Twice last week, Bulls coach Scott Skiles referred to what he termed "silliness" creeping into his team's approach.
There was more silliness Saturday night at the United Center.
But it took the form of celebratory giddiness, the kind when one team is enjoying such a blowout that the starters are sitting with smiles on their faces.
The Bulls led by as many as 33 points and throttled an Orlando team that owns the Eastern Conference's third-best record with a 105-90 victory that featured strong play at both ends of the court.
Defensively, the Bulls helped keep Orlando's hot-shot backcourt of Steve Francis and Cuttino Mobley in check. The pair entered averaging 37.6 points and managed only a combined 18 on 5-for-22 shooting.
"We got our [butts] kicked," Francis said. "They definitely have a lot of young talent, guys who play hard.
"It shows that [general manager] John Paxson is doing a good job of getting quality, hard-working guys in."
That the victory came on the heels of disappointing, back-to-back losses and at a time when the schedule gods are smiling favorably on the Bullsa stretch of eight of nine home gamesmade it all the more important.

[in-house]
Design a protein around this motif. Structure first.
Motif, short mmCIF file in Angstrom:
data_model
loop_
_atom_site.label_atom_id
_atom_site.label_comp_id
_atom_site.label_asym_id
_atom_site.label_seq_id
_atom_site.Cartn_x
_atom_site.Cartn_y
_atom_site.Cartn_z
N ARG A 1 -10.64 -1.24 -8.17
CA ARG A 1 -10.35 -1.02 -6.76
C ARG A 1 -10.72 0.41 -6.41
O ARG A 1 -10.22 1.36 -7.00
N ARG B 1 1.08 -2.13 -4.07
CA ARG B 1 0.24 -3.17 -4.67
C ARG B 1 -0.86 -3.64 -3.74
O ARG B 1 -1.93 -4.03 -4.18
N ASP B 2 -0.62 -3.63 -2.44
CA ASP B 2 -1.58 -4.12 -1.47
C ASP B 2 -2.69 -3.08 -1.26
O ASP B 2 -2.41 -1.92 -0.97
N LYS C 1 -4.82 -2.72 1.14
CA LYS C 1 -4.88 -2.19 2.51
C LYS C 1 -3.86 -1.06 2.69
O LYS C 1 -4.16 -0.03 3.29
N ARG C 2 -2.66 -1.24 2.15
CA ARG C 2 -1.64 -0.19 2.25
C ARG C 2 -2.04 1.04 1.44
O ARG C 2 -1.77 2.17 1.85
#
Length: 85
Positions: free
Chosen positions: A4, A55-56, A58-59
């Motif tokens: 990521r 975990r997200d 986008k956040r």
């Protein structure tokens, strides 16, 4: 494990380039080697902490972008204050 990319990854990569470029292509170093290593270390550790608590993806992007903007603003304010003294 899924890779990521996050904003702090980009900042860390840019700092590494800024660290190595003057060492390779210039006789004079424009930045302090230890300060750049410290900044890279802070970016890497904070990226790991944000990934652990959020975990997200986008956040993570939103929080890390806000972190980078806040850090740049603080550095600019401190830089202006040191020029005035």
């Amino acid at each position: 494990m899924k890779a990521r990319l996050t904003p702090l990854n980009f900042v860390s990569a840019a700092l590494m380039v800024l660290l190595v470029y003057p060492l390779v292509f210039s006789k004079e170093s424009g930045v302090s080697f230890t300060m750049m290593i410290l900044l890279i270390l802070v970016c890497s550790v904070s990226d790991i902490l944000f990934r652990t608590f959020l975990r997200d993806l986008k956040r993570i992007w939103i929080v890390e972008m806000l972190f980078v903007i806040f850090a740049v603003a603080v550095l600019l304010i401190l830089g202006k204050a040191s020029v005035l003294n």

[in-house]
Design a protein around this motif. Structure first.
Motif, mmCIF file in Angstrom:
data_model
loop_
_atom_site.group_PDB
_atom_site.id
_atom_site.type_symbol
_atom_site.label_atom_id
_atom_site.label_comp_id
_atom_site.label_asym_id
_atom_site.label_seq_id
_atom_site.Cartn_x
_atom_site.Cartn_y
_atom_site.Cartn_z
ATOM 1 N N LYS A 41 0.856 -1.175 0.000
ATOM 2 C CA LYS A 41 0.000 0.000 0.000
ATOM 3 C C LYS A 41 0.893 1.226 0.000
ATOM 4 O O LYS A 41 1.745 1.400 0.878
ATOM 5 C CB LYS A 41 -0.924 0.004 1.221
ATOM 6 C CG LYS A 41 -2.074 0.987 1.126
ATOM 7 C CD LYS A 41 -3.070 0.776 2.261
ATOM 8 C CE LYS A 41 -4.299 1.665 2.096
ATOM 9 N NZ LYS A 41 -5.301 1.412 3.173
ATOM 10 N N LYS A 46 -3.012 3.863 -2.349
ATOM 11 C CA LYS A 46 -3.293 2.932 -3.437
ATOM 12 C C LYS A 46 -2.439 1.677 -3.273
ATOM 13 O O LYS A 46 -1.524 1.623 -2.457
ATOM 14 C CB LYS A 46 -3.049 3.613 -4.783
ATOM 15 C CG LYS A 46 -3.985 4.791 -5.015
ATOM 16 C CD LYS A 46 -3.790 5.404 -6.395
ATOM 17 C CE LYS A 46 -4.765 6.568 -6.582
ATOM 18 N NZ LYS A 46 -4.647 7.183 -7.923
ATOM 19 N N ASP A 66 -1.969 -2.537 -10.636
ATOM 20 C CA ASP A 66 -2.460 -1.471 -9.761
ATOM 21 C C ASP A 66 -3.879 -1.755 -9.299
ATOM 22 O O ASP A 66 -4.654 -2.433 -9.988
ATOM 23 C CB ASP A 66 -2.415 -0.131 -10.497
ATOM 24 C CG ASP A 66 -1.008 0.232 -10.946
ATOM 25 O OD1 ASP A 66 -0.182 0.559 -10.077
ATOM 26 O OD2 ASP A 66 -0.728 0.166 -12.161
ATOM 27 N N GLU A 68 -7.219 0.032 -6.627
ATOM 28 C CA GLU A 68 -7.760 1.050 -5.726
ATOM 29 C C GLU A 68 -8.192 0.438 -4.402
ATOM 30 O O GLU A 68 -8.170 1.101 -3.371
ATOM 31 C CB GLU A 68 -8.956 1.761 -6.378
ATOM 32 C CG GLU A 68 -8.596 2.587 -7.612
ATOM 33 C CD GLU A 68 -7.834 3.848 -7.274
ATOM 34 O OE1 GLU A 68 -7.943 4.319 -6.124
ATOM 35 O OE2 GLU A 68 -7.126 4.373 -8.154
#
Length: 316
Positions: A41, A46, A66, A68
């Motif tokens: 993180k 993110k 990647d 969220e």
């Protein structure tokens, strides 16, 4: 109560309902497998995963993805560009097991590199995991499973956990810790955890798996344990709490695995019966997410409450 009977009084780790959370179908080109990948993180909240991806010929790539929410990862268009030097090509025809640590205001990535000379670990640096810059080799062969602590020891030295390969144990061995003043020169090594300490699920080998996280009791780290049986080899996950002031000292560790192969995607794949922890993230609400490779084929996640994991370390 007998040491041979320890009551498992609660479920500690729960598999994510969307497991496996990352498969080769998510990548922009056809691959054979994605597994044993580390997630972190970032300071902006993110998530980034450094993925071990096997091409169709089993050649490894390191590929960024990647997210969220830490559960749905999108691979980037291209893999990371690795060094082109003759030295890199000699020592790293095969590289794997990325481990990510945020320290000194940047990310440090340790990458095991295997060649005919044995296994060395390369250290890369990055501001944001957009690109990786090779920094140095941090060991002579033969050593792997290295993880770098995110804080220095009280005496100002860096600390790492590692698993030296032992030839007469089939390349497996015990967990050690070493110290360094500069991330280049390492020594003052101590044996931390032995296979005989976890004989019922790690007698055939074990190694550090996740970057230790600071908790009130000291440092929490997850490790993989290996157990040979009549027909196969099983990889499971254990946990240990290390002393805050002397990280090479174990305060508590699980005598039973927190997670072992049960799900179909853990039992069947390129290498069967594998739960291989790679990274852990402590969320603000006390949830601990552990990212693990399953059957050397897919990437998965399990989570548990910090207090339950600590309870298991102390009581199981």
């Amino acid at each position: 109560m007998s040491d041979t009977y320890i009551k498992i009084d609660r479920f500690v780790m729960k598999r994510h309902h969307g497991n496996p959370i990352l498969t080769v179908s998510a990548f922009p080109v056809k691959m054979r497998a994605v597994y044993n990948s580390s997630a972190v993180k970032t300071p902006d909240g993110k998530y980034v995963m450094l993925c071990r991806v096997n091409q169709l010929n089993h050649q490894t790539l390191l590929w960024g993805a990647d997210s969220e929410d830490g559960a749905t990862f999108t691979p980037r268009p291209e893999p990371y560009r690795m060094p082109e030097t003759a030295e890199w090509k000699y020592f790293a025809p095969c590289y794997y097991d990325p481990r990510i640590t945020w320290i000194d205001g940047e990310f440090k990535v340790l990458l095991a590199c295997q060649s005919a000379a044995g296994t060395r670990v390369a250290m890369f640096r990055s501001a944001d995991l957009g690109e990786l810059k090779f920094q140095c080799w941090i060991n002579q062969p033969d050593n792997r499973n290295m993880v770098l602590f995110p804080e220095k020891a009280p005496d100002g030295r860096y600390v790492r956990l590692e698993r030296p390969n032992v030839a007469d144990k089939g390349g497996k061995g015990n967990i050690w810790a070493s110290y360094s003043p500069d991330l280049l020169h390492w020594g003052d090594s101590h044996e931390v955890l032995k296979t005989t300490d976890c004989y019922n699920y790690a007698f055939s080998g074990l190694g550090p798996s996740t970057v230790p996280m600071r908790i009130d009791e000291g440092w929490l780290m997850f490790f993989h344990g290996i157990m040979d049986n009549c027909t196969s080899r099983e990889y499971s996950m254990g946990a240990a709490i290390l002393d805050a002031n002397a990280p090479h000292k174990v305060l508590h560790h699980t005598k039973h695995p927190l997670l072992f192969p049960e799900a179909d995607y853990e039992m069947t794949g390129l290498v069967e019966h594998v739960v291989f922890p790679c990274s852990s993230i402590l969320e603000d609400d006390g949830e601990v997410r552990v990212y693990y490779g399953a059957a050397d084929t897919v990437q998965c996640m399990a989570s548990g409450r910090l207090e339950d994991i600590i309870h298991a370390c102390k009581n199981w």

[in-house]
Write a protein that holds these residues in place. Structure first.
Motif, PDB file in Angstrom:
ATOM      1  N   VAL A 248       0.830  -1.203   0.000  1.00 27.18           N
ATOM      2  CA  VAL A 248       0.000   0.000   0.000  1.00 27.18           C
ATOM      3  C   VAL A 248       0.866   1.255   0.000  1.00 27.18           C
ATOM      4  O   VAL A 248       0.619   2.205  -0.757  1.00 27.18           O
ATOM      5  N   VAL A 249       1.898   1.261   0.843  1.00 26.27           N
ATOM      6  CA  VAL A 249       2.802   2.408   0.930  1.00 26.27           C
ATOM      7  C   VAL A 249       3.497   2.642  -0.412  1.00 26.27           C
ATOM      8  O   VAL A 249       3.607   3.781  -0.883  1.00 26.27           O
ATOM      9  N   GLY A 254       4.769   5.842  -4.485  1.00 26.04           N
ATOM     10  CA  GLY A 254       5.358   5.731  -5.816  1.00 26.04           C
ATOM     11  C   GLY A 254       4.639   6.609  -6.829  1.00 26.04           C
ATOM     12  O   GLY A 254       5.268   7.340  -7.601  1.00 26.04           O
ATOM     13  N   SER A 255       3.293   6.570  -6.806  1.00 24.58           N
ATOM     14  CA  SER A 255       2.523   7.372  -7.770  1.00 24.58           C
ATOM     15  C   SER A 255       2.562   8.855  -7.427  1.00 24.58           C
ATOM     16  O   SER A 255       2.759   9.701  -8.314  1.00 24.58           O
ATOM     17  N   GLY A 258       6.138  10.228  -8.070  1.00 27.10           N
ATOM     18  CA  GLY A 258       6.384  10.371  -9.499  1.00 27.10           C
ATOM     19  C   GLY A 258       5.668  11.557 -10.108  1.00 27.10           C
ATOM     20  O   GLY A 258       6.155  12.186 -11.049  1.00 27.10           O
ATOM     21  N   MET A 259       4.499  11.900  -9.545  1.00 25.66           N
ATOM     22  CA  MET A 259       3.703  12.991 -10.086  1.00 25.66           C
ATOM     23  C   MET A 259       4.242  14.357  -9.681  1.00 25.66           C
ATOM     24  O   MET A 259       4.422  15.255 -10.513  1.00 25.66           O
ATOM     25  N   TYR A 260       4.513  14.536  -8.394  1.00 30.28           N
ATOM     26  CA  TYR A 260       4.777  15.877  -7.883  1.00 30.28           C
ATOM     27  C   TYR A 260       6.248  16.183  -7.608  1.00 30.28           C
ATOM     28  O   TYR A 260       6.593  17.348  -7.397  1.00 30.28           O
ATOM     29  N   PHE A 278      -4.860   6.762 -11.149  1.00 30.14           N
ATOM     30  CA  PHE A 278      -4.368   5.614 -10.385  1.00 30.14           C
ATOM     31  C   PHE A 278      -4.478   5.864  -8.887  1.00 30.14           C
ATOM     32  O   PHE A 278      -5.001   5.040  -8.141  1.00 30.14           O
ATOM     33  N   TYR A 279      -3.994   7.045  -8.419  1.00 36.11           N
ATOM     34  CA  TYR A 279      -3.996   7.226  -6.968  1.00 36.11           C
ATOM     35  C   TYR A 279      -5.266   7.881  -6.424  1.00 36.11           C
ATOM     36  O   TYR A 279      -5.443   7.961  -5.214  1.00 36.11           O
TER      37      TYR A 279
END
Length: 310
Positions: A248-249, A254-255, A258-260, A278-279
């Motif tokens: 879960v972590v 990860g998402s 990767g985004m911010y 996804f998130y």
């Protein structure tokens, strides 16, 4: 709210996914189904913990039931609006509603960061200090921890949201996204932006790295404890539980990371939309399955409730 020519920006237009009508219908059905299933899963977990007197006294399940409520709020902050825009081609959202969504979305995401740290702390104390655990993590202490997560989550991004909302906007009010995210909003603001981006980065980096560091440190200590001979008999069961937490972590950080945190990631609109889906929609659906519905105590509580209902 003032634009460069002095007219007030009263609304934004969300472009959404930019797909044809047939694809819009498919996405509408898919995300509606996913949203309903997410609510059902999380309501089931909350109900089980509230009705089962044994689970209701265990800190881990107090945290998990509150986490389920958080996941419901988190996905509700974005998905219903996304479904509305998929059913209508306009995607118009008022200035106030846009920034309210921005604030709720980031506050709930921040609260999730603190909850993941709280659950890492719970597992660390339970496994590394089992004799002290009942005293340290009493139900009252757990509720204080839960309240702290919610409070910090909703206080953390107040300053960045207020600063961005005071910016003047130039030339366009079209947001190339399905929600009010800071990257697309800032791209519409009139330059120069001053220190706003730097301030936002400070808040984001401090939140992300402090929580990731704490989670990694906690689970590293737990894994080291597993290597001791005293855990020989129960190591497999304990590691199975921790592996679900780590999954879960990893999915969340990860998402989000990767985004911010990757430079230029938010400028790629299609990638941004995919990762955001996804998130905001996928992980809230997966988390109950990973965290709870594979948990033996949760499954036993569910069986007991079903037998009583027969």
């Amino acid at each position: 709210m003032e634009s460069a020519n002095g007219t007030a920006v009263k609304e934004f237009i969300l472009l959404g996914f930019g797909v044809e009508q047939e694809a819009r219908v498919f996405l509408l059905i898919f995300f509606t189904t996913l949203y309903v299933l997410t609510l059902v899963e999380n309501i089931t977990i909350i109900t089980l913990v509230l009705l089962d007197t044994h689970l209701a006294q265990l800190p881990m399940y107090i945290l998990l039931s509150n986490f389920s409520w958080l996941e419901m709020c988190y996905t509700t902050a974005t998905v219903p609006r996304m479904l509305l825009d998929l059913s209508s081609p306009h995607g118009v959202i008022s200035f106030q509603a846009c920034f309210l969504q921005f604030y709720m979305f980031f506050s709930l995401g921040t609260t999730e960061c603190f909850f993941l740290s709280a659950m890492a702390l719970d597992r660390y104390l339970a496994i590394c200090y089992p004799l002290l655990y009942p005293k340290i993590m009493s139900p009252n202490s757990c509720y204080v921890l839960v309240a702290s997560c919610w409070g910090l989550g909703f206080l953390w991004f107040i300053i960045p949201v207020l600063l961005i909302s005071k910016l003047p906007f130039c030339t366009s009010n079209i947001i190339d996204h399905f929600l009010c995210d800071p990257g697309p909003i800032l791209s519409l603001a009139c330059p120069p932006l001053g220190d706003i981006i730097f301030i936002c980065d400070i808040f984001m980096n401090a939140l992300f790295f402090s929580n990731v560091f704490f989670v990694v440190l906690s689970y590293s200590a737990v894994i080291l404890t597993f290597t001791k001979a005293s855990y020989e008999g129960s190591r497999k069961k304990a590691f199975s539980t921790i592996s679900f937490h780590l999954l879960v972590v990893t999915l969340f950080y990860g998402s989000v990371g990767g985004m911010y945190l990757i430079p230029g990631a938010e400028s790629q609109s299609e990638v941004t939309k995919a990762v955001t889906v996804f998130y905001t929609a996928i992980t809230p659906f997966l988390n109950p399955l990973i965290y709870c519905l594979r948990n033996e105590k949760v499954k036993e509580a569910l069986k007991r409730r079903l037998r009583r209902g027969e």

"This is a big stretch for us," Hinrich said. "If we want to prove that that five-game win streak wasn't a fluke, we have to play more consistently. We have to make plays."
Hinrich made a spectacular one late in the third quarter, flipping a blind left-handed layup over his head with his back to the basket.
That's the kind of night the Bulls enjoyed.
The crowd of 20,763 gave equal respect to the Bulls and Grant Hill, playing his first game in Chicago in four years. Hill, who has battled ankle problems, had 16 points to lead Orlando.
Magic rookie Dwight Howard, the first overall pick in last June's draft, didn't disappoint, posting his ninth double-double with 10 points and 12 rebounds.
But this game belonged to the Bulls. Curry consistently asserted himself inside against a porous Orlando defense ranked last in the league, getting deep post position against Tony Battie and Kelvin Cato. He scored 11 first-quarter points.
"Kirk always tries to go into me early to get us a spark on the low post and develop an inside-outside game," Curry said. "It's been working."
Skiles broke from form and avoided calling a timeout when the Bulls committed three turnovers and fell behind 11-4 in the first three minutes.
By halftime the lead had grown to 60-37 as the Bulls hit a season high for first-half points.
Hinrich was all over Francis.
"He's one of the hardest players to guard," Hinrich said. "I just tried to make him take tough shots."
The Bulls took Orlando's best, considering its offense is the third-highest scoring.
"We're at a point now where we're more than competitive," Skiles said. "We're winning games. Not enough yet, but on nights when we're sharp, we're an awfully good club."